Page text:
BERLIN (Reuters) - German police have detained a 26-year-old Tunisian man over links with the perpetrator of an Islamist truck attack on a Berlin Christmas market that killed 12 people, a federal prosecutors’ spokeswoman said on Wednesday.
Police on Tuesday evening searched the living quarters of the man identified as Bilel A. after he was found to have had dinner with Anis Amri a day before Amri steered a truck through the market on Dec. 19, spokeswoman Frauke Koehler said.
“This contact person is a 26-year-old Tunisian. We are investigating him for possible participation in the attack,” she told reporters.
Amri, 24, also a Tunisian and failed asylum seeker, was killed in a shootout with Italian police on Dec. 23 after fleeing Germany and travelling through the Netherlands, Belgium and France. Islamic State militants claimed responsibility for the Berlin attack.
Koehler said the investigation had shown Amri met the second Tunisian man in a restaurant in central Berlin on the eve of the attack and that the two engaged in “very intense discussions”.
“That triggered the suspicion for us that the suspect, this 26-year-old Tunisian, was possibly involved in the act, or at the very least knew of the attack plans of Anis Amri,” she said.
Koehler said there was insufficient evidence at this point to charge the man with any role in the Christmas market carnage, though had been previously investigated on suspicion of planning a violent attack.
Officials were evaluating communications devices seized during the raid of the man’s accommodations in a Berlin refugee centre, and in the course of a second raid the same evening at the flat of another man who had contact with Amri.
In a separate statement, the Berlin state prosecutor’s office said it had detained the 26-year-old Tunisian on Tuesday for suspected social benefit fraud in three German cities.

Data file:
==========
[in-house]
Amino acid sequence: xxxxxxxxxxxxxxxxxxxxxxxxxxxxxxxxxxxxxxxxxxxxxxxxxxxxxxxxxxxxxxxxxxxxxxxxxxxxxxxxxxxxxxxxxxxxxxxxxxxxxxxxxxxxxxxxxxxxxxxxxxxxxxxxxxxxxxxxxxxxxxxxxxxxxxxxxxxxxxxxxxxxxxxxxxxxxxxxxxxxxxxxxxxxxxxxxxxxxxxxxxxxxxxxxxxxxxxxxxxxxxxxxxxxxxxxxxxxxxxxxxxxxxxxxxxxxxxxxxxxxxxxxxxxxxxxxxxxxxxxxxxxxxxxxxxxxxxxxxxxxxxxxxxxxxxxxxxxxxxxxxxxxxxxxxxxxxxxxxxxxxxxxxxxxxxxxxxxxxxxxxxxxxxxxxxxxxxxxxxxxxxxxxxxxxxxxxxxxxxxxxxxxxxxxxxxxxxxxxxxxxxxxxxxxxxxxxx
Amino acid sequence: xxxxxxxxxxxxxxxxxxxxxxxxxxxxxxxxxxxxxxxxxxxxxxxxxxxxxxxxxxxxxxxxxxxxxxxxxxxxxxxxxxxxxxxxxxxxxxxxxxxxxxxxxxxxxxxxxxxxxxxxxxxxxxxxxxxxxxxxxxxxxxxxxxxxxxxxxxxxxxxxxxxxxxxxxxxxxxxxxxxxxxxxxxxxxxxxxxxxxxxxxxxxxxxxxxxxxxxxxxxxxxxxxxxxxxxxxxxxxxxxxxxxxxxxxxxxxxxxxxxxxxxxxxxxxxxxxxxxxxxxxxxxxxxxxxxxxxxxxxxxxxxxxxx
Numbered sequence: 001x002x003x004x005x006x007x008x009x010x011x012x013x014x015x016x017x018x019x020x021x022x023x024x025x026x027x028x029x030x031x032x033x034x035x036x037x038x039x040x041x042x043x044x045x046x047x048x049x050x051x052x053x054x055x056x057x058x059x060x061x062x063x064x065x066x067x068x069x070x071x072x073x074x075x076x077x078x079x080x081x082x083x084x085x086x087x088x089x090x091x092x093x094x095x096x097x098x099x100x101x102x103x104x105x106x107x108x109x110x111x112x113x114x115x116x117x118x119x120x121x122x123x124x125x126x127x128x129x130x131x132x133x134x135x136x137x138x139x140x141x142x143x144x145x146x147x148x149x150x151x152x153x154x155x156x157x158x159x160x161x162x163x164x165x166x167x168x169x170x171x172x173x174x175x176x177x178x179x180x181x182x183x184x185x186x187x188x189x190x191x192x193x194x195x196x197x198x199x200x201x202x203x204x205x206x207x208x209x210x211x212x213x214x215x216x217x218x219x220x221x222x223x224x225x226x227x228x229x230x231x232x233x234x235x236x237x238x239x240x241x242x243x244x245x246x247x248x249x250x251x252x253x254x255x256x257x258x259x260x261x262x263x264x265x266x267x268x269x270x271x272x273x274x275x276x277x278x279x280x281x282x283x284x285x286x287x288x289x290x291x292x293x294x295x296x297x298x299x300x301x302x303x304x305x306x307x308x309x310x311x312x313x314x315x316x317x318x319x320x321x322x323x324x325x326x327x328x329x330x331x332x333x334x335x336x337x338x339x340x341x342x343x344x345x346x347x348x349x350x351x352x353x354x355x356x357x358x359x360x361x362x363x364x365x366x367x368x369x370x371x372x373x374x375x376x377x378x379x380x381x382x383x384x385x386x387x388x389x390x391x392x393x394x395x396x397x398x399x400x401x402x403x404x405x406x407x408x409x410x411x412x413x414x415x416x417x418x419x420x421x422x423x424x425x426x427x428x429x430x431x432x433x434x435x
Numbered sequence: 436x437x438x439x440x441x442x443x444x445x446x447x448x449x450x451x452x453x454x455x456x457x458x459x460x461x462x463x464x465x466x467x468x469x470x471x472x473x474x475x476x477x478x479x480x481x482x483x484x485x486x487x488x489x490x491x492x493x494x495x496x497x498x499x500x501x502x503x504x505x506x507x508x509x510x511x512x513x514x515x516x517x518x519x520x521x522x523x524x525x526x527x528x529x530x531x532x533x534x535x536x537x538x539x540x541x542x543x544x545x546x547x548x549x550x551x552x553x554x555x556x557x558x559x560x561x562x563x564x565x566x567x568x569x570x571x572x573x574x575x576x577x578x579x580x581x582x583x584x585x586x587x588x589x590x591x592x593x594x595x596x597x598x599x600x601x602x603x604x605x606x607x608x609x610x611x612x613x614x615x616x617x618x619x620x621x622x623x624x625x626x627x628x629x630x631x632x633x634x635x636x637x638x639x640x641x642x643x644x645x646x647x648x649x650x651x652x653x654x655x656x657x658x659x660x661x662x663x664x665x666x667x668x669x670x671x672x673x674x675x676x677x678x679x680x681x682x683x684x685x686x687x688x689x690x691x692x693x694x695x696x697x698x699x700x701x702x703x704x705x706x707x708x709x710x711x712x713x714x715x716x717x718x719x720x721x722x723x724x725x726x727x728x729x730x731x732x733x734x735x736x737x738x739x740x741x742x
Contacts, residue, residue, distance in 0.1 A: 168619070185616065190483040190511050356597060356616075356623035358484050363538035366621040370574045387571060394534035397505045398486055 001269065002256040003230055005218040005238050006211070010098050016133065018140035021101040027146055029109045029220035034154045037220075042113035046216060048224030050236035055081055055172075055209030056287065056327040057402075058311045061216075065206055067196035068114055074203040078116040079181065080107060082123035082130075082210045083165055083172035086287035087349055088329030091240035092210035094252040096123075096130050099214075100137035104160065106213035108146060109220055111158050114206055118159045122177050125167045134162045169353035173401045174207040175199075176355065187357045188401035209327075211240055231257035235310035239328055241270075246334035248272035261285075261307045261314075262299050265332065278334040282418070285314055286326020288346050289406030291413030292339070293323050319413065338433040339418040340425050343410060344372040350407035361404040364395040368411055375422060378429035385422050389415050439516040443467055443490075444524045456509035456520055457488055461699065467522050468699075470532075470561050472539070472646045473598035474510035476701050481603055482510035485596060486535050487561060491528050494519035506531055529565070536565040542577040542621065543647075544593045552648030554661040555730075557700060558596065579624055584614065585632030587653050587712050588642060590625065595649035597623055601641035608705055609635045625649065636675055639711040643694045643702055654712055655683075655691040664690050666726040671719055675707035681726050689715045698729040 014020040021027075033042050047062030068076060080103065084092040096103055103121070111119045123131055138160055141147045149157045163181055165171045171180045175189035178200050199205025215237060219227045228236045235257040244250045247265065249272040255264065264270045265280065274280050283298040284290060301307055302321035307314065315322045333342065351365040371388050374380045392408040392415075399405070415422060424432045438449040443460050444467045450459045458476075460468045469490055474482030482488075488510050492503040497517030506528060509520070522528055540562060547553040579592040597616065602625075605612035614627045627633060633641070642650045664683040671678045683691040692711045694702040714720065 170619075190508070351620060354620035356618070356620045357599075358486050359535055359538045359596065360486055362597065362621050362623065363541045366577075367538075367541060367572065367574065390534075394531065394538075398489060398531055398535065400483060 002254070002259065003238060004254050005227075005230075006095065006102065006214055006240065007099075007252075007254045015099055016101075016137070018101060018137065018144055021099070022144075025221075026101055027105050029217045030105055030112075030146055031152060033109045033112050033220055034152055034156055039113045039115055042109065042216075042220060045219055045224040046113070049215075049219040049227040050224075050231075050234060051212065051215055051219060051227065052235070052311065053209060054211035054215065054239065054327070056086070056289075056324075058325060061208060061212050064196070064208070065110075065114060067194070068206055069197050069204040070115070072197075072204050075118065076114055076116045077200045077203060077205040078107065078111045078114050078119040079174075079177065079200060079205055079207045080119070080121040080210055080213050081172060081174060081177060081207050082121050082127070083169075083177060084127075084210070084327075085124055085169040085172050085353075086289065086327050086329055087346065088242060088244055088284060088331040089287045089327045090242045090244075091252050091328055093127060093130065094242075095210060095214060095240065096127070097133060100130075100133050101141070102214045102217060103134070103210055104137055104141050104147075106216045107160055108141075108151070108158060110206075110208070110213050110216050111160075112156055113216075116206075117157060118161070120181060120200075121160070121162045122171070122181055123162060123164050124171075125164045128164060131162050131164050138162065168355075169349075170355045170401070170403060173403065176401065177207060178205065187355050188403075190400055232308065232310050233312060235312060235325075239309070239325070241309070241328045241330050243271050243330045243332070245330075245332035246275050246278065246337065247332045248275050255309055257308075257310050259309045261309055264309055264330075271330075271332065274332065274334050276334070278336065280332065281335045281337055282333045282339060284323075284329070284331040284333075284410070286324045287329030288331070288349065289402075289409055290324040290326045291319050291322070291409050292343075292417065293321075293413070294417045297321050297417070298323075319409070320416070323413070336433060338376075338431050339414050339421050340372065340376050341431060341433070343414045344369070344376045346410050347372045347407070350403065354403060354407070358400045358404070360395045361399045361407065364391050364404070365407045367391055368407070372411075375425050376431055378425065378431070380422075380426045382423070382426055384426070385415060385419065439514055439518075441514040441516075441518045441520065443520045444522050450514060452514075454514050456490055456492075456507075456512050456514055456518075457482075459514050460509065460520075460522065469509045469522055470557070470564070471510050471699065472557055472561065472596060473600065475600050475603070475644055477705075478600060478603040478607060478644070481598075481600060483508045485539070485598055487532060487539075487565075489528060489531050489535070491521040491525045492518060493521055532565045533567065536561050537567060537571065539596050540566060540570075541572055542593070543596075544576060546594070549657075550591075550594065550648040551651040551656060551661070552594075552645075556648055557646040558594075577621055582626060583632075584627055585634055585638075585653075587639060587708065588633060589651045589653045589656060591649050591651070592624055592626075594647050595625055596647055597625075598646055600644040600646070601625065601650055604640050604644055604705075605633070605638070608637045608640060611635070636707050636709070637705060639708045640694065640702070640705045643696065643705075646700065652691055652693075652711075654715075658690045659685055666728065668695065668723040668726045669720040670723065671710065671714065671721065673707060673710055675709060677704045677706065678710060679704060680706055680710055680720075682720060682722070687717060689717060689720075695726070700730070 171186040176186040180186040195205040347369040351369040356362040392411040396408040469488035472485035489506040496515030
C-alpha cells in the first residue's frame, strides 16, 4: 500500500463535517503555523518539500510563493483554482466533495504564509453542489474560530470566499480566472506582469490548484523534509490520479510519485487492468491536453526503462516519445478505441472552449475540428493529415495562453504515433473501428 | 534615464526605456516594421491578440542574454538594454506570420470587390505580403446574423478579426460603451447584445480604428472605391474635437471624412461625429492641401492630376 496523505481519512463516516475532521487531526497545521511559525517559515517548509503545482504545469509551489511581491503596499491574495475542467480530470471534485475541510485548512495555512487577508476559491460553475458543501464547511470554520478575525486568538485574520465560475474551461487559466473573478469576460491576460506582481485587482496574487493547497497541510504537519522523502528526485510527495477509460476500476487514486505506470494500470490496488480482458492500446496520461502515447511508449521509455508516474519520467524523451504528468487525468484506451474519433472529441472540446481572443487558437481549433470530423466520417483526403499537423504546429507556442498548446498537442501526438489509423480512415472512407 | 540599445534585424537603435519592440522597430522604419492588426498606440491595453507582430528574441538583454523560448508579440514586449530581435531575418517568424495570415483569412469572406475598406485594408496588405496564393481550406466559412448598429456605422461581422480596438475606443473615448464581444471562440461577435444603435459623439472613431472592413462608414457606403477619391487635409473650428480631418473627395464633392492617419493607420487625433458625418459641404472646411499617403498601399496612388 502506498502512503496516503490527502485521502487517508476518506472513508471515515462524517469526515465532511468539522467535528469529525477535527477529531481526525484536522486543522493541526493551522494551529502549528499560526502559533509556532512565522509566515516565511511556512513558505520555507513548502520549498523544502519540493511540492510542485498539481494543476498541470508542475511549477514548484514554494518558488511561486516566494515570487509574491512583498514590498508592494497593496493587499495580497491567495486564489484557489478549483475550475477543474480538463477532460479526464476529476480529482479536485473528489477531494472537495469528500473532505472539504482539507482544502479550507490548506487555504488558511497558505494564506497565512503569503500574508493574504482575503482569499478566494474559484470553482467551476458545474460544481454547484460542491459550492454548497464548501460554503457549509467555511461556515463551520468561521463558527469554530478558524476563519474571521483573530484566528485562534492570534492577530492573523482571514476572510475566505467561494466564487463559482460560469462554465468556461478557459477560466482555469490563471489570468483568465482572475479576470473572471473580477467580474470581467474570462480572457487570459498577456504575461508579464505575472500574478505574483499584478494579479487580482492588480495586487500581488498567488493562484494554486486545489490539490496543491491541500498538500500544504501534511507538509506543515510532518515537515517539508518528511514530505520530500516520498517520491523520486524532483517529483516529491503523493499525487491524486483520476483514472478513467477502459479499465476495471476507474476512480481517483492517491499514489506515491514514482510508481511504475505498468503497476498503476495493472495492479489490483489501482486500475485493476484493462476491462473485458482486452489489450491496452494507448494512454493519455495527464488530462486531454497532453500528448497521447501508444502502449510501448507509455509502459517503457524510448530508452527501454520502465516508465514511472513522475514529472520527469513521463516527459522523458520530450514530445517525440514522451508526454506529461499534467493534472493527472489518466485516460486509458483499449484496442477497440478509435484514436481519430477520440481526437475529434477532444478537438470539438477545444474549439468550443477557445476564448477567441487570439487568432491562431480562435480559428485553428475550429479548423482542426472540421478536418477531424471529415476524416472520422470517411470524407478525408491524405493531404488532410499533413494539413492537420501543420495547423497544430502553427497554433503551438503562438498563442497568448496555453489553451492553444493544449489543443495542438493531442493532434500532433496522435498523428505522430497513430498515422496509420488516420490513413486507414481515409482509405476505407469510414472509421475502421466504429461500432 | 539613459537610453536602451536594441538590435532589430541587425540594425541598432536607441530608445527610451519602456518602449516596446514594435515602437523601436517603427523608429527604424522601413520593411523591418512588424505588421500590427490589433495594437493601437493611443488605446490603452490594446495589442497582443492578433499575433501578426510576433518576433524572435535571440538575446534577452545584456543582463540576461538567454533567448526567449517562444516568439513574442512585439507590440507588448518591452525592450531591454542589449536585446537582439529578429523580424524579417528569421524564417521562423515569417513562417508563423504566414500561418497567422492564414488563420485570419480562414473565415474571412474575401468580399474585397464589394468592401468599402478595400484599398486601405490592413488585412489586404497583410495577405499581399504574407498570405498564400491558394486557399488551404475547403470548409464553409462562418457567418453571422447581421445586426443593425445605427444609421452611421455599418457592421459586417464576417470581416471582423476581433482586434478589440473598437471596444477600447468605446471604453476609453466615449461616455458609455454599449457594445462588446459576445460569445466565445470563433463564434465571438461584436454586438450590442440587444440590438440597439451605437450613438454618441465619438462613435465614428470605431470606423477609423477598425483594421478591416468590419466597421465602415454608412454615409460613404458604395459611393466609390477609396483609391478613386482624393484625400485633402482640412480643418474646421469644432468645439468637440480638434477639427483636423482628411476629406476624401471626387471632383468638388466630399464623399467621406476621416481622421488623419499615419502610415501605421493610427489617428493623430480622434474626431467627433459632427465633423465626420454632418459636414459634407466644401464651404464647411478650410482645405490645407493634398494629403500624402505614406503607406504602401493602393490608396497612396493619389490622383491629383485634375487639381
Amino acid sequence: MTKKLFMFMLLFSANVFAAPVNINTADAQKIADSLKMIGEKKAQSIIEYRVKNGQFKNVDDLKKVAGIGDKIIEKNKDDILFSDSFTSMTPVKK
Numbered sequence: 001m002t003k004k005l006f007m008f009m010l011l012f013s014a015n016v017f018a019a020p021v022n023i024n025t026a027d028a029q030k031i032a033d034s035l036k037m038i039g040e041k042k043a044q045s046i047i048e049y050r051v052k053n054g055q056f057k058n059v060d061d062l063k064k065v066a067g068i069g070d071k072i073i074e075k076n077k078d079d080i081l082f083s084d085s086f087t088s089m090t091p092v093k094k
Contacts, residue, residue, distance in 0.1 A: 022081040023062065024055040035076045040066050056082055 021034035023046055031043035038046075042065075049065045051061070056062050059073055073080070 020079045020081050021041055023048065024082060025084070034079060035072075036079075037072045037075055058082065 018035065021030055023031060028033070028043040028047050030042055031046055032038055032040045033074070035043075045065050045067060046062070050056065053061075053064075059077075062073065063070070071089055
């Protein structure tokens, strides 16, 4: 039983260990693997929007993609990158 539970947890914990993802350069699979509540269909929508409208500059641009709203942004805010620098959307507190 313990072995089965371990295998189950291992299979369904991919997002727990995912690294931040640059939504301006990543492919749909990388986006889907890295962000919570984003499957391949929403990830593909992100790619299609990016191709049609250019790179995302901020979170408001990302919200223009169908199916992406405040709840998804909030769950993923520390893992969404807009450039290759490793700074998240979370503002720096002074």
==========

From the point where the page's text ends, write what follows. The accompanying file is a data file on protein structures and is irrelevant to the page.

A spokesman for the Berlin prosecutor’s office said Bilel A. had used at least two aliases, Ahmad H. and Abu M., and also claimed to be Egyptian. He was believed to have arrived in Germany in 2014 or perhaps earlier.
Berlin prosecutors in 2015 investigated whether the man had acquired explosives for an attack but dropped the inquiry in June last year for lack of evidence.
Koehler said Amri stared into a surveillance camera at a subway station near the Berlin zoo shortly after the Christmas market attack, and raised his index finger in a gesture sometimes seen in Islamic State propaganda videos.
She said forensic evidence showed that the Polish driver from whom Amri hijacked the truck was fatally shot while sitting in the passenger seat of the vehicle. The gun Amri used was the one found next to his body by police in Milan, Italy, she added.
Belgian prosecutors said on Wednesday Amri made a two-hour stopover at the Brussels North station on Dec. 21 after entering Belgium on a train from Amsterdam, before heading onwards to France.
Reporting by Andrea Shalal and Michael Nienaber in Berlin, Alissa de Carbonnel in Brussels; editing by Mark Heinrich